Our View: Flooding in our parched city

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Flooding at the base of King Street. (Photo Credit: Scott Collins)
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Were we the only ones shocked to see flooding on lower King Street this week after weeks with no appreciable rain? Lawns are brown, flowers are shriveled and we are being warned of potential wildfires – yet Old Town flooded.

Yes, it poured all day Wednesday, but the flooding occurred several days before that. And yes, we had a full moon on Sunday, along with high tide. But moons are full every month and tides are high every day.

Several aspects of this flooding are troublesome. First, the city has spent significant sums, multiple times, addressing flooding issues along the Potomac River in Old Town. Why is this still an on-going problem?

All bets are off in one-time events like a month of rain followed by a hurricane, such as in 2003 when Hurricane Isabel left Alexandria flooded and without power for days, or when we were hit by Hurricane Irene in 2011 just days after the 5.8 magnitude earthquake struck Virginia. We’ve had no such natural disasters this time, and yet still our city streets flooded, leaving businesses near the waterfront inaccessible and automobiles and, yes, even e-scooters damaged.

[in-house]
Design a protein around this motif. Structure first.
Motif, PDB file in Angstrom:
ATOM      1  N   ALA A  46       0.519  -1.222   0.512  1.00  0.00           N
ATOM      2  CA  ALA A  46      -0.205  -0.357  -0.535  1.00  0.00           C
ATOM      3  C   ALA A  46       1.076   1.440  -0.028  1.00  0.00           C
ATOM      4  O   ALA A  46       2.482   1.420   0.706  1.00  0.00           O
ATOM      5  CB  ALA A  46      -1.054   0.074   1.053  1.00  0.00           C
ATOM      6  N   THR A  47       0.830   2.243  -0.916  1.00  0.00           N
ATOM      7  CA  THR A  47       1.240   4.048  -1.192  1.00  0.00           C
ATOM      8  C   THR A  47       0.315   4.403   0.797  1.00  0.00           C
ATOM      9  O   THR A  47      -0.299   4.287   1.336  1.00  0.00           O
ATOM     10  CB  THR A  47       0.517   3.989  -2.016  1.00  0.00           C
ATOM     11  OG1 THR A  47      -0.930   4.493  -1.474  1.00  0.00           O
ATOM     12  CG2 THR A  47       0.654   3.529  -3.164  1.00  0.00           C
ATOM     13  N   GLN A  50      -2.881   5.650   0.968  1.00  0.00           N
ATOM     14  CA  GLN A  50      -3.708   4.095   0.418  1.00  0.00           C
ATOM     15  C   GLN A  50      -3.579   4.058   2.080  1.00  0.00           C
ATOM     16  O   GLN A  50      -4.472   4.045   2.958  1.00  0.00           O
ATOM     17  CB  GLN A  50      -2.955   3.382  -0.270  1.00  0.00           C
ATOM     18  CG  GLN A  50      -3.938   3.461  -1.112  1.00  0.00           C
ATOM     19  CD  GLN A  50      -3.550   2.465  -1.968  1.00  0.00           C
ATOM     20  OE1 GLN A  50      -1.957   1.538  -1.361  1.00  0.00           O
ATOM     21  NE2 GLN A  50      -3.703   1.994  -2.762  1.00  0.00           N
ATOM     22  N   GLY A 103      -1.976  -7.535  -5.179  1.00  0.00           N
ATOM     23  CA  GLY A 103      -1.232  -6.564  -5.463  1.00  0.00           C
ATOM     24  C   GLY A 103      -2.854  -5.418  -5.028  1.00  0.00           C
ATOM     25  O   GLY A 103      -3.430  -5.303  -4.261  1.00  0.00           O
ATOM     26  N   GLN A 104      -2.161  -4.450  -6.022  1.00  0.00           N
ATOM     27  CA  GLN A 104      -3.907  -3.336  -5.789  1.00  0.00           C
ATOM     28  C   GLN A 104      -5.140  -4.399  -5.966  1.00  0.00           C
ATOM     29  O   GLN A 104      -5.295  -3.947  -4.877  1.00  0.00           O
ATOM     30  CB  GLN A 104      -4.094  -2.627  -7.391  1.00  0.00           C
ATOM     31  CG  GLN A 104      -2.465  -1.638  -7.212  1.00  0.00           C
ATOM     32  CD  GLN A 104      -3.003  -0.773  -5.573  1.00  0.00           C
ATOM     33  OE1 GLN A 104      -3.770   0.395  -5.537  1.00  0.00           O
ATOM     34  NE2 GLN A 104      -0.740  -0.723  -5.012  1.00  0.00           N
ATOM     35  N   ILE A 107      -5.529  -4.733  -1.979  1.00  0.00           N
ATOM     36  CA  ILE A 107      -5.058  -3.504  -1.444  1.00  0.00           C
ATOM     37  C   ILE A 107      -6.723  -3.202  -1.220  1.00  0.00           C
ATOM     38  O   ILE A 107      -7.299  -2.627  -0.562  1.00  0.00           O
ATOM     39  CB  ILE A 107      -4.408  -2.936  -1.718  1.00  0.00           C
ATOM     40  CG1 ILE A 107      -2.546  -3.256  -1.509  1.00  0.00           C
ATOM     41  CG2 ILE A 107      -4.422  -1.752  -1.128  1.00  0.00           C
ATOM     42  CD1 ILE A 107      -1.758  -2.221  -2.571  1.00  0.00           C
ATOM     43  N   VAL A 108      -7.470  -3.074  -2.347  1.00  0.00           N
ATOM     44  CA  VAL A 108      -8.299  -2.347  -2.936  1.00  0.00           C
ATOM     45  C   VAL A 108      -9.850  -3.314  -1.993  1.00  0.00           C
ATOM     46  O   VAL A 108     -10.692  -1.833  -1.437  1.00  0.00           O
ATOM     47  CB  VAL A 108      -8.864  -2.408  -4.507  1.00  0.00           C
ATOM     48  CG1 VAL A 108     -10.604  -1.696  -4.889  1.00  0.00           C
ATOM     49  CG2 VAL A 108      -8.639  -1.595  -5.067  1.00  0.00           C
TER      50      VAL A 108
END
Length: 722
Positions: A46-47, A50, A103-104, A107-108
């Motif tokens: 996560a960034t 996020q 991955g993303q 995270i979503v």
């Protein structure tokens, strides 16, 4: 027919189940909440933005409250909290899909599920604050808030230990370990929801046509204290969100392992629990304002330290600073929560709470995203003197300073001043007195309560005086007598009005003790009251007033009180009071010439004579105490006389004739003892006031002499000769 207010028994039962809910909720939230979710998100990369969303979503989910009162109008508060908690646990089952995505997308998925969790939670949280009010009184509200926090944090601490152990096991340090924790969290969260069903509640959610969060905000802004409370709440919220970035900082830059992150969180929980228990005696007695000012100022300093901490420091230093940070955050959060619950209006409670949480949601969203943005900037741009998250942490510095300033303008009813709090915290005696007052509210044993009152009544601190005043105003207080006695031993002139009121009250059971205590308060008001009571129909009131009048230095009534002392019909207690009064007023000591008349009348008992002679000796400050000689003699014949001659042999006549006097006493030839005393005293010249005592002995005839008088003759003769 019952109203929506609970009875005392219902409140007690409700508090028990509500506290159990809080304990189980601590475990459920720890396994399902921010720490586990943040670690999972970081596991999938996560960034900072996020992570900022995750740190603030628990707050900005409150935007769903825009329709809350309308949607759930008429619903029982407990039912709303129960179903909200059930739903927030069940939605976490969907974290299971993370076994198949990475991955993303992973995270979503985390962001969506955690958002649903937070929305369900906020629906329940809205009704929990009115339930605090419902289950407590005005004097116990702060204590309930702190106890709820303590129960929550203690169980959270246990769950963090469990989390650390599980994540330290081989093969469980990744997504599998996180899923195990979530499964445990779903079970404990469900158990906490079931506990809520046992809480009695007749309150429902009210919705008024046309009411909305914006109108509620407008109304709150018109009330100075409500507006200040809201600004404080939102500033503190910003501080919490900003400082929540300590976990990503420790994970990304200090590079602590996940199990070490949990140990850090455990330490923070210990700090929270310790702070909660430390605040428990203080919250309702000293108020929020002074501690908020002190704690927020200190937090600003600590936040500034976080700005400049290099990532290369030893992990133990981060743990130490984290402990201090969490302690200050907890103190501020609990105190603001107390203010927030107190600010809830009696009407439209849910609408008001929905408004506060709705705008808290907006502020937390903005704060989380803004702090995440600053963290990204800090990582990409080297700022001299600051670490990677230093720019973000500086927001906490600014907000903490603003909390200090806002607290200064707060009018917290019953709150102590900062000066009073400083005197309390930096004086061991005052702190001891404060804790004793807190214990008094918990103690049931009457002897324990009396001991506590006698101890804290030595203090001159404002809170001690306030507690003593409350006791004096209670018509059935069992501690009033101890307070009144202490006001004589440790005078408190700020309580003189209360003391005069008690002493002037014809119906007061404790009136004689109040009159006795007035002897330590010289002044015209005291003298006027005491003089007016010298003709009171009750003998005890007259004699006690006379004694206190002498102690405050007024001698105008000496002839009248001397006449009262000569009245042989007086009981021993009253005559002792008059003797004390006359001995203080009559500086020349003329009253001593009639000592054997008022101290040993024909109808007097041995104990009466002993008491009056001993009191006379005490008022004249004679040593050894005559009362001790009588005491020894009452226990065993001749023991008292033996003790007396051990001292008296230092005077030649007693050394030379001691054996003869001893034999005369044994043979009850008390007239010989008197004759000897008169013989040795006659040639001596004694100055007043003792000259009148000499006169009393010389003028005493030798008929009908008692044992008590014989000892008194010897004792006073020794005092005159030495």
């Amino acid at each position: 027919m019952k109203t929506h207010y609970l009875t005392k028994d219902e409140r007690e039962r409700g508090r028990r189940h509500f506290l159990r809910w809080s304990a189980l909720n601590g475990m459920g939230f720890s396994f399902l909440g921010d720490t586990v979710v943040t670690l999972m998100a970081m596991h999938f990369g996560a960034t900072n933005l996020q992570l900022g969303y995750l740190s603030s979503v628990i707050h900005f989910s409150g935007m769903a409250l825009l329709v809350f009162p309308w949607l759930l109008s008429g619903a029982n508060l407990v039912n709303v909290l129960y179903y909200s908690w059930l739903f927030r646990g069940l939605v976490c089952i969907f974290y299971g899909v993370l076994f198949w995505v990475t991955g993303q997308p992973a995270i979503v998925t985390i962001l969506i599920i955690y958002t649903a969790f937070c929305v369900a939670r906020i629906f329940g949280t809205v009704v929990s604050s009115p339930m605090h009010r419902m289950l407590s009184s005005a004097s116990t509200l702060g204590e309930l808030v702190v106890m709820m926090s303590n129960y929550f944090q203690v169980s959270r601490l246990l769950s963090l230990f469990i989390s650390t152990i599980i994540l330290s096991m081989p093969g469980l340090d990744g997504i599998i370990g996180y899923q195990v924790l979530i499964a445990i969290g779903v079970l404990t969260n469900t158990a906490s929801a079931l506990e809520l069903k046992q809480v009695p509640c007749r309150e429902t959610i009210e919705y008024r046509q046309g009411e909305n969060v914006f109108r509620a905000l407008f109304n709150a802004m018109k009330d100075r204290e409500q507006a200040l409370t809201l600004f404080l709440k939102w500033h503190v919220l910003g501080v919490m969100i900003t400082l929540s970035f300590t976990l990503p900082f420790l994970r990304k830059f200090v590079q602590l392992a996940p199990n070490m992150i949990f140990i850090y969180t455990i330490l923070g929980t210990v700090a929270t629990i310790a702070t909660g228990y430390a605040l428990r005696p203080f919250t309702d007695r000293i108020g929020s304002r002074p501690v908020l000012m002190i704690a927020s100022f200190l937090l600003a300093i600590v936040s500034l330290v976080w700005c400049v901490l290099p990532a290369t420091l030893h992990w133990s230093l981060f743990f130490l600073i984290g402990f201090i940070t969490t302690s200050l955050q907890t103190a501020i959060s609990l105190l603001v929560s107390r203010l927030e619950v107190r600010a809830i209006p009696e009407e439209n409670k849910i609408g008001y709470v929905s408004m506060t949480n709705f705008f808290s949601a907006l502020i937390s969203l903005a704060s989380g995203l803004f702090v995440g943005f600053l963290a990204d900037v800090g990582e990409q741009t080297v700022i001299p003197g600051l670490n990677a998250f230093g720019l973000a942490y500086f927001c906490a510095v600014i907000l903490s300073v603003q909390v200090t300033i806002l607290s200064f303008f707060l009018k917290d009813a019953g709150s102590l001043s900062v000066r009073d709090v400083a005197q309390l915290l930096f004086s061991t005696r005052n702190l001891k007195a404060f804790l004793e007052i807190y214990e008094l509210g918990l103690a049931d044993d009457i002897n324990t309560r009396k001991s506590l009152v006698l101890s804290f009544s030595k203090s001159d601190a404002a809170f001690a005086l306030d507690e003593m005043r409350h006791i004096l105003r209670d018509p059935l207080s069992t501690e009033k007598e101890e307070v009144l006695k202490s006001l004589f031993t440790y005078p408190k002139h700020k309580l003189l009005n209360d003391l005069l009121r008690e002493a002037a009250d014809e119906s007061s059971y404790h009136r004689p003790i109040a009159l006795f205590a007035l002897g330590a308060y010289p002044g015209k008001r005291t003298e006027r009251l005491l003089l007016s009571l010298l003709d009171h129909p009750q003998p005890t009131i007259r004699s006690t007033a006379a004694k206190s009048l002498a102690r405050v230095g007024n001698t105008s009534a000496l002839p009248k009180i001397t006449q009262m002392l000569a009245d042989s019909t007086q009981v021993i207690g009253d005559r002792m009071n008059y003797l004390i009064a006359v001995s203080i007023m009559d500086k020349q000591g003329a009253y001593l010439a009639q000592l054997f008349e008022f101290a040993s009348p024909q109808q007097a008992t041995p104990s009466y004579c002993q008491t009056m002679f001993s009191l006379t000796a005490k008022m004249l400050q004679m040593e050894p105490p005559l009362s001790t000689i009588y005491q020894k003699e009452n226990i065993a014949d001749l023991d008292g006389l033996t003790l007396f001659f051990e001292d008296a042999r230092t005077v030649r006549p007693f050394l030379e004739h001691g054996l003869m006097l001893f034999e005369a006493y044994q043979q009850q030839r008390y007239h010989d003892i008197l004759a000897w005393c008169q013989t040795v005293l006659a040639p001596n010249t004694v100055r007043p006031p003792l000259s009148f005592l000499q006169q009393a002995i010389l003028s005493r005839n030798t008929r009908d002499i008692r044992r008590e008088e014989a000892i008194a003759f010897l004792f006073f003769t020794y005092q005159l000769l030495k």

This flooding raises concerns that perhaps our embankments and flood mitigation protection has not kept up with the flurry of development along the waterfront in recent years. Projects such as the Hotel Indigo, the renovations to Waterfront Park, the new Boat Club building and Robinson Landing, among others currently under construction, may be having unintended consequences.

Has this rapid redevelopment eroded our existing flood protection? If so, what are the city and developers doing about it? If not, why did this happen? Most importantly, what’s likely to happen when the next significant weather event hits Alexandria?

Alexandria’s waterfront is a treasure for residents and visitors alike. Given the amount of money that’s being poured into economic development there, it behooves the city to make sure our flood defenses are the best they can be.

This week’s unexpected flooding shouldn’t have happened. What’s being done to prevent a repeat?

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